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Dunedin, New Zealand – Hamish Rutherford's century on debut helped New Zealand to a 235-run first innings lead over England on Friday before rain and fading light stopped them from extending their advantage by cutting short the third day of the first Test.
Rutherford scored a dynamic 171, the second highest score by a New Zealander in his first Test, to help the hosts reach 402/7 in reply to England's 167 when play was stopped about 20 minutes into the third and final session of the day.
Umpires Asad Rauf and Paul Reiffel decided the light mist that had been drifting across University Oval for 45 minutes was too bad to continue and no further play was possible.
New Zealand captain Brendon McCullum, who was unbeaten on 45, and Bruce Martin, who had made 17, will resume their promising 32-run partnership on day four.
McCullum, one of the best exponents of aggressive batting in test cricket, would have been looking to up the tempo in the final session and give his bowlers another crack at the England batsmen sooner rather than later.
With the entire first day having been washed out but the pitch still a good batting surface, the hosts probably need some time to try and bowl out the much vaunted England lineup for a second time.
Rutherford became the ninth New Zealander to score a century on debut before England's bowlers wrested back some of the advantage they had ceded with five wickets falling in the second session.
The lefthander added just four runs to his lunch score of 167 when he popped a catch to substitute fielder Chris Woakes off James Anderson with the first delivery of the second new ball.
The 23-year-old, who had a double century well within his sights, cut a disconsolate figure as he trudged off, only acknowledging the standing ovation from the crowd on his home ground as he approached the boundary rope.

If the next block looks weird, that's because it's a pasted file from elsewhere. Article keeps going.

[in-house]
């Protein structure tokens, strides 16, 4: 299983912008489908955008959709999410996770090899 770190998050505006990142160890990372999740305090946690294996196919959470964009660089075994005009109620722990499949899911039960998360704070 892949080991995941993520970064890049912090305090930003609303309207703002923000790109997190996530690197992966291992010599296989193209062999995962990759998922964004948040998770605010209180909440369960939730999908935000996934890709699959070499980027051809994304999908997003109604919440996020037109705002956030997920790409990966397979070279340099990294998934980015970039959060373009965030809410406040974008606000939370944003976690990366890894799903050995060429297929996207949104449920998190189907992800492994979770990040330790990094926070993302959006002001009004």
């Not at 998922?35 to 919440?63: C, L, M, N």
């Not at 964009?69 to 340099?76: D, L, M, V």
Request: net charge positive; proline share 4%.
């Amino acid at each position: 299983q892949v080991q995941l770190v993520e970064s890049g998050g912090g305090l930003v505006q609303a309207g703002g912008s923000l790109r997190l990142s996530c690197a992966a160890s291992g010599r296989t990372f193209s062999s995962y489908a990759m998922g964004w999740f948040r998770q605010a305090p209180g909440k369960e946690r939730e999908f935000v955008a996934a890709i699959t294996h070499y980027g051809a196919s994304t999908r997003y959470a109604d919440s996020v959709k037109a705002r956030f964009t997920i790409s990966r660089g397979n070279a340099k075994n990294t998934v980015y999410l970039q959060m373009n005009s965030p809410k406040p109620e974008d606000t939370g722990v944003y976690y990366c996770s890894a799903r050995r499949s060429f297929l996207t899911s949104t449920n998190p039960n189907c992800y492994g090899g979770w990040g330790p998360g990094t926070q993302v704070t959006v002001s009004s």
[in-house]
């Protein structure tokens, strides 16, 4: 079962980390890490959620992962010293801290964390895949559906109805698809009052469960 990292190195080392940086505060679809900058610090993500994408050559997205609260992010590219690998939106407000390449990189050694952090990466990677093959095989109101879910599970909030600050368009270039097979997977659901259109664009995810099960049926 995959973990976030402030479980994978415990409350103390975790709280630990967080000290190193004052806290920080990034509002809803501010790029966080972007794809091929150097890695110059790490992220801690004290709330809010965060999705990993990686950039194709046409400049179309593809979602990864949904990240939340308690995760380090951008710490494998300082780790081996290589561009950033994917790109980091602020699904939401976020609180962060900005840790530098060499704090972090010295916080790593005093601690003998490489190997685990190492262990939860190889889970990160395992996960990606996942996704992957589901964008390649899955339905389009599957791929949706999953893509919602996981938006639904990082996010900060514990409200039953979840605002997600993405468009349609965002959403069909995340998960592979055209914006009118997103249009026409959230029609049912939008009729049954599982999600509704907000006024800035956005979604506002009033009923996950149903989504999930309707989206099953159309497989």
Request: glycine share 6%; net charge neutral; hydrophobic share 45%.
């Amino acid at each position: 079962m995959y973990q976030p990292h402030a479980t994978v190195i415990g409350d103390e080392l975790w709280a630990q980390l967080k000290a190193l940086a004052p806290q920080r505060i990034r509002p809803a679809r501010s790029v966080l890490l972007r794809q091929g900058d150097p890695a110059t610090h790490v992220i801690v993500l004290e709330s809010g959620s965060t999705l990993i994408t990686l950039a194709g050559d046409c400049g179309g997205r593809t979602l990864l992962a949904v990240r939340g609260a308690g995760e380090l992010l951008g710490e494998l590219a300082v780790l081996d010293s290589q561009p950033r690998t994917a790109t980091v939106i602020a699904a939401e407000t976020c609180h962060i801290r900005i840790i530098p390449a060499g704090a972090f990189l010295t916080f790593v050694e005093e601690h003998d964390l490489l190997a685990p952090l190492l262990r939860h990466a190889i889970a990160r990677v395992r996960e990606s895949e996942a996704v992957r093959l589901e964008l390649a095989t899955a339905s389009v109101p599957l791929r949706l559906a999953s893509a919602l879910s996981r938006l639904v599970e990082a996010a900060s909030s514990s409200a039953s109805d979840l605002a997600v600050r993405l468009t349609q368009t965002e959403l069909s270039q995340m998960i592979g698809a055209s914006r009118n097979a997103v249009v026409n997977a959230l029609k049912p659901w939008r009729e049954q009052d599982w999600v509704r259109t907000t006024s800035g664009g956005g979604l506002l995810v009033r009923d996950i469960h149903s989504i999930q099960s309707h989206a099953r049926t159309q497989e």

“To be fair you get picked to score runs and that's the job you do, so while it's great to get the first ton, just a raise of the bat,” Rutherford said in a televised interview of his undemonstrative acknowledgement after he was dismissed.
“To get out first ball with the new ball was very disappointing, I wanted to bat another half an hour after lunch and go from from there.
“I don't like getting out (but) ...it was nice to get it here at my home ground. I do know what the surface is doing, the surrounds and the crowd too.”
Mathew Sinclair's 214 against West Indies in 1999 is the highest score by a New Zealand batsman on debut.
Swing bowler Anderson (4/108) was the pick of England's bowlers. After dismissing Rutherford he had the opportunity for a double strike in the same over when Dean Brownlie was dropped at third slip by Joe Root.
Anderson was incensed by the missed opportunity but still managed to dismiss Ross Taylor for 31 and Brownlie for 27 before Stuart Broad bowled BJ Watling (nought) and Tim Southee (25) to drag their side back into the match.
“I thought we bowled much better than we did yesterday,” Anderson said.
“We asked a lot more questions of them and bowled really well with the second new ball.
“I thought Broady bowled well all the way through yesterday and today and was unlucky not to pick up more wickets.” – Reuters